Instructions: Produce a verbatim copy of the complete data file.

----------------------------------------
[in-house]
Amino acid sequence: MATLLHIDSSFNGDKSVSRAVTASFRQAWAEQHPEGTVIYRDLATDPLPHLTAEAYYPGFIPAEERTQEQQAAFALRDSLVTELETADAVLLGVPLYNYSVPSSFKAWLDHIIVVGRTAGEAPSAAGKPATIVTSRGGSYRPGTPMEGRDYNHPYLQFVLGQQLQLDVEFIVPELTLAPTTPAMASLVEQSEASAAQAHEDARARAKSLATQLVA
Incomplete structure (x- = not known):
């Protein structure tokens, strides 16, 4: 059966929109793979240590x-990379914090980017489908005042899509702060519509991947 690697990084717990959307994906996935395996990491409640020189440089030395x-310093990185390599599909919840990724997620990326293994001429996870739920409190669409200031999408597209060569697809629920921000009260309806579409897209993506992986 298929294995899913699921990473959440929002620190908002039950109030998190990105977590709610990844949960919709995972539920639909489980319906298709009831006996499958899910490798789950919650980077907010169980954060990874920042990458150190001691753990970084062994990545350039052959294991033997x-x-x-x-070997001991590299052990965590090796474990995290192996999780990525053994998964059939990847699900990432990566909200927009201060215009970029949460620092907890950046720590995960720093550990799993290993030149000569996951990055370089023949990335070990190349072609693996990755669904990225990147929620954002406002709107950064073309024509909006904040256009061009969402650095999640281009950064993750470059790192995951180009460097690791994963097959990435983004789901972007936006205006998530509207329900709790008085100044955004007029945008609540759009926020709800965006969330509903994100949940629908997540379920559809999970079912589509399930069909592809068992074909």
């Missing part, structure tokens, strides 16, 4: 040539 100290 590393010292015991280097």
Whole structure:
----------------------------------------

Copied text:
[in-house]
Amino acid sequence: MATLLHIDSSFNGDKSVSRAVTASFRQAWAEQHPEGTVIYRDLATDPLPHLTAEAYYPGFIPAEERTQEQQAAFALRDSLVTELETADAVLLGVPLYNYSVPSSFKAWLDHIIVVGRTAGEAPSAAGKPATIVTSRGGSYRPGTPMEGRDYNHPYLQFVLGQQLQLDVEFIVPELTLAPTTPAMASLVEQSEASAAQAHEDARARAKSLATQLVA
Incomplete structure (x- = not known):
């Protein structure tokens, strides 16, 4: 059966929109793979240590x-990379914090980017489908005042899509702060519509991947 690697990084717990959307994906996935395996990491409640020189440089030395x-310093990185390599599909919840990724997620990326293994001429996870739920409190669409200031999408597209060569697809629920921000009260309806579409897209993506992986 298929294995899913699921990473959440929002620190908002039950109030998190990105977590709610990844949960919709995972539920639909489980319906298709009831006996499958899910490798789950919650980077907010169980954060990874920042990458150190001691753990970084062994990545350039052959294991033997x-x-x-x-070997001991590299052990965590090796474990995290192996999780990525053994998964059939990847699900990432990566909200927009201060215009970029949460620092907890950046720590995960720093550990799993290993030149000569996951990055370089023949990335070990190349072609693996990755669904990225990147929620954002406002709107950064073309024509909006904040256009061009969402650095999640281009950064993750470059790192995951180009460097690791994963097959990435983004789901972007936006205006998530509207329900709790008085100044955004007029945008609540759009926020709800965006969330509903994100949940629908997540379920559809999970079912589509399930069909592809068992074909």
């Missing part, structure tokens, strides 16, 4: 040539 100290 590393010292015991280097």
Whole structure: